2013 Durga Puja in UK
For a lot of people, the Durga Puja festival is the most vital religious festival of Bengali calendar. Few other festivals also engage much of the media coverage every year or display so much for a spiritual fulfillment.
Durga Puja symbolizes victory of good over evil in both on personal as well as society level. Durga is Maa (Mother) and much cherished daughter of King Himavat, also known as the Himalayas, who come for very short while and goes back to her mountain home.
The practice of being there in sight of Durga as well as her family members like Ganesh, Kartik, Saraswati, and Lakshmi for Darshan is a touching one. Worshippers can fetch thoughts and feelings and look as if the most suitable in secretive moments of reflection, meditation and prayer. When the priest quietly appeals 'ma go' (Mother dear) to pay attention to prayers of people who are attending, his/her movements and reactions position the tone of whole procedures.
The participation of contestants at each proceedings level, together with choice of flowers as well as cooking food, the lifting of funds and sending invitations, make sure that Durga puja is vigorous social event. Substantial contact with images throughout Durga Puja like offering of sindur and bhog brings worshipper in nearer religious contact with Maa Durga too for being fortunate enough to be present at celebrations.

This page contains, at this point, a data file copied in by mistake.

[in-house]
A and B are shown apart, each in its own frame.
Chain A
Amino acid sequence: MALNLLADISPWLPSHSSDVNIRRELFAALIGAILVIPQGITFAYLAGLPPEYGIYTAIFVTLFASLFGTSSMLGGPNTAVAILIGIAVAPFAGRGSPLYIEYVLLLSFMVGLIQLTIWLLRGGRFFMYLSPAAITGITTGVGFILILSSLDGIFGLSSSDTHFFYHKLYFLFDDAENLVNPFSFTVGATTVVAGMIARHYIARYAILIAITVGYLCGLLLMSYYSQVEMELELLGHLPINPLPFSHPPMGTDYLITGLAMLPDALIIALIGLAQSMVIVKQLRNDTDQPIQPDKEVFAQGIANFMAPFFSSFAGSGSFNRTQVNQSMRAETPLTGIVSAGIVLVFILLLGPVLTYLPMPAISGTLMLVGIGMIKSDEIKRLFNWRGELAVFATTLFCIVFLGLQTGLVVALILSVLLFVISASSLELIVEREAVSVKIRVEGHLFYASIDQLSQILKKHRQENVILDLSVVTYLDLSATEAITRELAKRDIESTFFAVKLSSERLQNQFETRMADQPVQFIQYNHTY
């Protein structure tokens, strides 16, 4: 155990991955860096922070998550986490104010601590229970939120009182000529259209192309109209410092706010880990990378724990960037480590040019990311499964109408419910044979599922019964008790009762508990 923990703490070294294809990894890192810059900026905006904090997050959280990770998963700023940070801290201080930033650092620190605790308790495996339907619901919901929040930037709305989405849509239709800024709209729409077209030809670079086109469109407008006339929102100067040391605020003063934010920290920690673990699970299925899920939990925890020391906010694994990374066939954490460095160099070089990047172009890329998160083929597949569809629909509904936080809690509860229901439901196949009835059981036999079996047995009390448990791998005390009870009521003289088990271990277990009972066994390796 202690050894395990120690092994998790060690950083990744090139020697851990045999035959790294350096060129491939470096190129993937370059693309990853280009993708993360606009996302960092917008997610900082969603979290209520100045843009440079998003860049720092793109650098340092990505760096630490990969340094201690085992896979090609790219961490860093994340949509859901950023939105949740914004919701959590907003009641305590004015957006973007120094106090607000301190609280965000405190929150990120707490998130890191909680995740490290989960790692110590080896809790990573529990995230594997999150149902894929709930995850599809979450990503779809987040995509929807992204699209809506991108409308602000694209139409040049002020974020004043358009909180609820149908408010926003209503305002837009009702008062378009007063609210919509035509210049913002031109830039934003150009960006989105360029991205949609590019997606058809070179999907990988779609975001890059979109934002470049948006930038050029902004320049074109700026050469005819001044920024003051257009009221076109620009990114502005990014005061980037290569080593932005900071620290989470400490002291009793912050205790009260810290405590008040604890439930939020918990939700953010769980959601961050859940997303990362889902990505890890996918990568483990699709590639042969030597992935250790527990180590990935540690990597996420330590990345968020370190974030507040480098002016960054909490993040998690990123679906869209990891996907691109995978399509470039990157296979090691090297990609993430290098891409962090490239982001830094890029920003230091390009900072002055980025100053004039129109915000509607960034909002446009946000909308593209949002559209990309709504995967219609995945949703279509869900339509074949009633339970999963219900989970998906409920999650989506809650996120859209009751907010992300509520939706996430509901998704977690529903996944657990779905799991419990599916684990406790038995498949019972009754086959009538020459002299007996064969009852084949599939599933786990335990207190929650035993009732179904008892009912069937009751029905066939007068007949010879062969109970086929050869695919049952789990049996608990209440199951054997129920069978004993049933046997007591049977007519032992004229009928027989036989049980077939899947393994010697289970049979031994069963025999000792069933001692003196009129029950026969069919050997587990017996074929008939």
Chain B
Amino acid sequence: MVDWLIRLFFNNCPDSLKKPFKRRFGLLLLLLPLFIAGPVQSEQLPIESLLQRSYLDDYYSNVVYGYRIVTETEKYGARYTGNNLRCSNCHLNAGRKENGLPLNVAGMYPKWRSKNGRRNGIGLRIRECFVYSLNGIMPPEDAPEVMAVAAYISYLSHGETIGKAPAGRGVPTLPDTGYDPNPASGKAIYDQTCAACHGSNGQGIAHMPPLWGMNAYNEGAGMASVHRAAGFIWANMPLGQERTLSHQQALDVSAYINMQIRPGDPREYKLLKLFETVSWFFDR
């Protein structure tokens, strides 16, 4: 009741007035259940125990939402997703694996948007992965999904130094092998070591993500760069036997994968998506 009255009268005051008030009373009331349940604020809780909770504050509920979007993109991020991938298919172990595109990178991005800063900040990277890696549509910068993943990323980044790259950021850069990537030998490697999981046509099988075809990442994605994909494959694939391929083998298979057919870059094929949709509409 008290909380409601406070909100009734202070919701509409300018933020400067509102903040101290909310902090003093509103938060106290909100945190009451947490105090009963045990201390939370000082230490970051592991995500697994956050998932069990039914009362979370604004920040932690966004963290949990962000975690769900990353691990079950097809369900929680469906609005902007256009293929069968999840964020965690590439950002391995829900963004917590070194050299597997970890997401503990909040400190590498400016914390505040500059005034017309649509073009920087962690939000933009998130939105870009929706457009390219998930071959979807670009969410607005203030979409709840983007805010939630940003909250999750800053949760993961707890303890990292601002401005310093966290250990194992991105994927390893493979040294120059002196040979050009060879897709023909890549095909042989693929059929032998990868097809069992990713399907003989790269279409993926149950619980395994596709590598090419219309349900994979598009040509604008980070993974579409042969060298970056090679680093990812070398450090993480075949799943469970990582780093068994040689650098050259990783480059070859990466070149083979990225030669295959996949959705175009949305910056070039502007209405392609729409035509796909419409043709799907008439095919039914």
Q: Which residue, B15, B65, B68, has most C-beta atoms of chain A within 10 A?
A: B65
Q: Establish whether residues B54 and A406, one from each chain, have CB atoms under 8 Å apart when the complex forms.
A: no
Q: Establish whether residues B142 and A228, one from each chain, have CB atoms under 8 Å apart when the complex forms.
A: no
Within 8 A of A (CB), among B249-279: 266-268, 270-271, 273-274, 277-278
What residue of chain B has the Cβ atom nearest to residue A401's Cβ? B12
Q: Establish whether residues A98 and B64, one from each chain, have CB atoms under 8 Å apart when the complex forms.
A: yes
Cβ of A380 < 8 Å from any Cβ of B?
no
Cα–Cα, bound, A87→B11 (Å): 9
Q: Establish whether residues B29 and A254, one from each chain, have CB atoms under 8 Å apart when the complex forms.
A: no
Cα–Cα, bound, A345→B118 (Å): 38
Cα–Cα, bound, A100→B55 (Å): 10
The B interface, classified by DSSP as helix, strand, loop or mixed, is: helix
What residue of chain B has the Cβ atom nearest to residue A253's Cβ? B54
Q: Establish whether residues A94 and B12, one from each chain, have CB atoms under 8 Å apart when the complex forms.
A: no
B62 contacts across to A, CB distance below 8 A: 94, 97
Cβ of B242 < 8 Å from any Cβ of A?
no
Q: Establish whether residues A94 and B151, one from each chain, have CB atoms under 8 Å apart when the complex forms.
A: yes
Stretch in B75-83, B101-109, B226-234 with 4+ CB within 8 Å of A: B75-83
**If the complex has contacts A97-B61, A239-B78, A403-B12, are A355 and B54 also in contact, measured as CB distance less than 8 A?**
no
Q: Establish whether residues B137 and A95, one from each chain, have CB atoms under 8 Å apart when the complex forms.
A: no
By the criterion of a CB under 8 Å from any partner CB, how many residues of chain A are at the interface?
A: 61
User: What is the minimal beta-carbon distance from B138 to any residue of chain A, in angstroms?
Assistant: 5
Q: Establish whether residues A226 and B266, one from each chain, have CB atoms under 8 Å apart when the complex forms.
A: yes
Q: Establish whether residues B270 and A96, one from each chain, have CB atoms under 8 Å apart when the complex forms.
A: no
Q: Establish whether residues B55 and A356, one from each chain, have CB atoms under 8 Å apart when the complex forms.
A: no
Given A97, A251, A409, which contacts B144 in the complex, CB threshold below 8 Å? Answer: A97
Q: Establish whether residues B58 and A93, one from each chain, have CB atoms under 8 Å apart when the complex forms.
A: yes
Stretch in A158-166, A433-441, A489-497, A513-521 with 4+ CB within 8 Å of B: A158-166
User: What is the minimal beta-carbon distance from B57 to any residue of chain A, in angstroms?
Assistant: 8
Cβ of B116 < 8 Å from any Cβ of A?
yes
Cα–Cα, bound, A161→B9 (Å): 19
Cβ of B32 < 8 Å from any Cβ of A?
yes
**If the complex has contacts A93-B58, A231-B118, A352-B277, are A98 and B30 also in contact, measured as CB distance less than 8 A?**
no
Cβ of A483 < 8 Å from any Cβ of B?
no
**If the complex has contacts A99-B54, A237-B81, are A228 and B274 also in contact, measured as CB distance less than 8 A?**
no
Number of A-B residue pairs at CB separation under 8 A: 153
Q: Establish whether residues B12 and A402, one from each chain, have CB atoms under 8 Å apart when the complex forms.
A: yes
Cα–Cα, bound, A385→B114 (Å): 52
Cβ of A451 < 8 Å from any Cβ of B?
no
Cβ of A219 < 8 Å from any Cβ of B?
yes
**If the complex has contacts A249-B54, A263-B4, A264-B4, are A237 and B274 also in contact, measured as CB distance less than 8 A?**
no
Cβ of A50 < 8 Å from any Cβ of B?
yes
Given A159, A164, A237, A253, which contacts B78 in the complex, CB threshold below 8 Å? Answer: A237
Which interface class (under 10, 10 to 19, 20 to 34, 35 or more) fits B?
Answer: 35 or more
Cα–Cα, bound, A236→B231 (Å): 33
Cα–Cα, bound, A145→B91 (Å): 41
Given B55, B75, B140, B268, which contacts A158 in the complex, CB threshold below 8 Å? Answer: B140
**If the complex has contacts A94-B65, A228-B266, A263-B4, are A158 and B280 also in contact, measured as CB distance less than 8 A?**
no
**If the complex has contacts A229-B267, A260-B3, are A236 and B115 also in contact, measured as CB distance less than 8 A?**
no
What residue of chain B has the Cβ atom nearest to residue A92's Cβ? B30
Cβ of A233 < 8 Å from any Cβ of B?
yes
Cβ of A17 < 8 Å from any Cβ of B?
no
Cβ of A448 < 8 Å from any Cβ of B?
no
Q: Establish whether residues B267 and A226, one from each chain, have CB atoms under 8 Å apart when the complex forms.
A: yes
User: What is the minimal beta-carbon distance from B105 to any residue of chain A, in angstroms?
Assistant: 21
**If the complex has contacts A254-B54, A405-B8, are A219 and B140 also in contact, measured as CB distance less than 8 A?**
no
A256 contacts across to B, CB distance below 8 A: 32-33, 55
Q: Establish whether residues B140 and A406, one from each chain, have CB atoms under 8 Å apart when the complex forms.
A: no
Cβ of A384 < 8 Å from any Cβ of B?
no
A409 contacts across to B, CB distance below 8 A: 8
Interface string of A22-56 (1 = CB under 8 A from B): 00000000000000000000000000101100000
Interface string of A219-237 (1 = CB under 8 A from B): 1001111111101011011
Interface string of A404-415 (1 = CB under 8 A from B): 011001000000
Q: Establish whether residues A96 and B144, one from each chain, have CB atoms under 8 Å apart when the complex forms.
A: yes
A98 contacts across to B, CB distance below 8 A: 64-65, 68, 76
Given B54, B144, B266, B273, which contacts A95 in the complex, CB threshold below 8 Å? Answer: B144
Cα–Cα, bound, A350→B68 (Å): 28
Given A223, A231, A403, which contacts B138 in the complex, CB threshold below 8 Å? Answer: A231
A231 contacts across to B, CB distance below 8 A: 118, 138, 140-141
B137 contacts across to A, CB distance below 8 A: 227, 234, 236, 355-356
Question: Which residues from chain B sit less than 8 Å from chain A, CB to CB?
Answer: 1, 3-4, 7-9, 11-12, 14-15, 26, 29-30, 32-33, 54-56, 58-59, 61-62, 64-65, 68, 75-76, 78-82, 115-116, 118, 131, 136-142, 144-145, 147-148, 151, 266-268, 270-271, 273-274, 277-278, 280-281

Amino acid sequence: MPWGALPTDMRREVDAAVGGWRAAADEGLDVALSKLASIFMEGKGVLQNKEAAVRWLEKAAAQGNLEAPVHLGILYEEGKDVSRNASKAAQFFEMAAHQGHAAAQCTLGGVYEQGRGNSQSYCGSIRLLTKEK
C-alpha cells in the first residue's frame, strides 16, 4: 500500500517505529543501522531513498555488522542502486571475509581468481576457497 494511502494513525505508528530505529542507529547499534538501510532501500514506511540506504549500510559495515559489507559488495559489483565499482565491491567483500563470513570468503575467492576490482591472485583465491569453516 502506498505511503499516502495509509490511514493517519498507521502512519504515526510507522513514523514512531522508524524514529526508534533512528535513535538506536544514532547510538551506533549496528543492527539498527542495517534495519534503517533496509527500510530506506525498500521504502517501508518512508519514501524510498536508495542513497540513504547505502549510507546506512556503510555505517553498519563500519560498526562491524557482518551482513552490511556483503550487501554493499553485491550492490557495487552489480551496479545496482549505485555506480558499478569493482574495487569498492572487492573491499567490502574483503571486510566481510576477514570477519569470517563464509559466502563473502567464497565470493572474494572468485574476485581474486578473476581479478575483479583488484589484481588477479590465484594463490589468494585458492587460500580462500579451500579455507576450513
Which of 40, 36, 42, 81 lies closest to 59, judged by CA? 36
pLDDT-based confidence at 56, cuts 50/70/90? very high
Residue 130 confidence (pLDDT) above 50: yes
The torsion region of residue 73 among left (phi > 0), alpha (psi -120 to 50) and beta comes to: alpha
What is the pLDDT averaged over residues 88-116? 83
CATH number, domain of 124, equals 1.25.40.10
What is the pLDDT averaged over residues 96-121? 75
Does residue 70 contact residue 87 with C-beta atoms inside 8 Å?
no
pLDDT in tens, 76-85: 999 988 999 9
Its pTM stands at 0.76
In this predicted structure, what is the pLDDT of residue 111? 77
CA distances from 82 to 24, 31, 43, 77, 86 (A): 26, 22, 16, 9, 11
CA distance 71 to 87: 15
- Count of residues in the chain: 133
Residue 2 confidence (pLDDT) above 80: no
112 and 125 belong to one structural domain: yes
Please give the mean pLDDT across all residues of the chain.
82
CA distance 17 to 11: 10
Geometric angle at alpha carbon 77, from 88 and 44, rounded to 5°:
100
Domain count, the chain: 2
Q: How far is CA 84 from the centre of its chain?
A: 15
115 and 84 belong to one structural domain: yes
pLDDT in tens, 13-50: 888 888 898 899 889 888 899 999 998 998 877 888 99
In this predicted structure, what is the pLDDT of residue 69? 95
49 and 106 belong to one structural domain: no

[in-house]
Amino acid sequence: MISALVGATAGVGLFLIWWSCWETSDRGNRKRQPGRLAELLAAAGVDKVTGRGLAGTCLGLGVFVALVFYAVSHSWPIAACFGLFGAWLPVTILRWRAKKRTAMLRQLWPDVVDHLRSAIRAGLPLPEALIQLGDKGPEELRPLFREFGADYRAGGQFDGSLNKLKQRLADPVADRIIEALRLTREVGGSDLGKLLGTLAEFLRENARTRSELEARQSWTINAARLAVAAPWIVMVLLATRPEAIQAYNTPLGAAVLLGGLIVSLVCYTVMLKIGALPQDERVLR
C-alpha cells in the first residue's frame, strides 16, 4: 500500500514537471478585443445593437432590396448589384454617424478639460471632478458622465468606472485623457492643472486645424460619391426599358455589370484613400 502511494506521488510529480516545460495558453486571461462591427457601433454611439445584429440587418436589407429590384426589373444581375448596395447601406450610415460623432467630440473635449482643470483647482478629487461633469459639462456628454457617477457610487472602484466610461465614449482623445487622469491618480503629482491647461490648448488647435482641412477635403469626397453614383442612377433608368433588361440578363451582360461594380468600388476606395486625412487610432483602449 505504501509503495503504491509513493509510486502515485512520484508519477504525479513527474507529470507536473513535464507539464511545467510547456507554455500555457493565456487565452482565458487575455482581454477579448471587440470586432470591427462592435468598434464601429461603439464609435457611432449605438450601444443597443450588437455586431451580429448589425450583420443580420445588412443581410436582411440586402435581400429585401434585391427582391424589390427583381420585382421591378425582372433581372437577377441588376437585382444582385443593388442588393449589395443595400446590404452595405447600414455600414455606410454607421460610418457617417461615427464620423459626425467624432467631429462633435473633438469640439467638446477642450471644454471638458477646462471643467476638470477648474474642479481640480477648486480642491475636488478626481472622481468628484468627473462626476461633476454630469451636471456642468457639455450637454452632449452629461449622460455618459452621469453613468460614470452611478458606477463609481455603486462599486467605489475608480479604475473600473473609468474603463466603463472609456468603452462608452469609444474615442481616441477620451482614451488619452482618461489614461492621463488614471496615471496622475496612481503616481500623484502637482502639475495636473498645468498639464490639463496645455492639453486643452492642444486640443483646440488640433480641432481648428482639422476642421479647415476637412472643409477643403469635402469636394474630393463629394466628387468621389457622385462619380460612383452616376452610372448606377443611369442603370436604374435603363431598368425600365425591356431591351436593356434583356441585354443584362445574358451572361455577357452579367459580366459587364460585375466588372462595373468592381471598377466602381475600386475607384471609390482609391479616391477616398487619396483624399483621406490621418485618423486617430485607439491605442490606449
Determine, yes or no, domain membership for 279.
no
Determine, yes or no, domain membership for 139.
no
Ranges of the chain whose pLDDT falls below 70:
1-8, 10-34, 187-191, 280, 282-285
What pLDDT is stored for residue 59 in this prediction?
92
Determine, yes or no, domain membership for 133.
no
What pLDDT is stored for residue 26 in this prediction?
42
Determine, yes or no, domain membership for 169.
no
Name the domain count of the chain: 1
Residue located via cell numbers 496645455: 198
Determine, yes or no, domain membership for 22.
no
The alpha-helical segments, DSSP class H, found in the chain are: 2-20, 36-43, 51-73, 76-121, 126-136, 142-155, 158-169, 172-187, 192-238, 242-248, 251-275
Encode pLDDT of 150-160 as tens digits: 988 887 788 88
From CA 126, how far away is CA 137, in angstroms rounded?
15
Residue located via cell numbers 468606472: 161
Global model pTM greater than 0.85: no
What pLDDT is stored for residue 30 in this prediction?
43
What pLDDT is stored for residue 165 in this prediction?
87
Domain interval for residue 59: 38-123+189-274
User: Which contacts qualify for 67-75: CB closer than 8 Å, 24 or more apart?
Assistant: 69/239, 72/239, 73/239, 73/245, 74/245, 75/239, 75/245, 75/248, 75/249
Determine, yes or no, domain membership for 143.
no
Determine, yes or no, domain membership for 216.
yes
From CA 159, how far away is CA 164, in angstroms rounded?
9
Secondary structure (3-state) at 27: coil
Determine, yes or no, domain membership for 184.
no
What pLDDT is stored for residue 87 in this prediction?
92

Different Puja committees in UK have been bringing in images from centre of clay image creation, Kumartuli situated in North Kolkata and somewhere else since 1960s and a lot of are celebrating no less than 40 years for Durga puja now. Numerous sarvajanin puja committees are situated in London, Leicester, Birmingham, Glasgow, Milton Keynes, Liverpool, Cardiff, and Grimsby. Some of them have even mannered bishorjon or fascination of Durga images, like Cardiff Puja committee from Cardiff Bay during 2004 and Camden Puja committee from Thames with Protima made by Nemai Chandra Paul from Krishnanagar.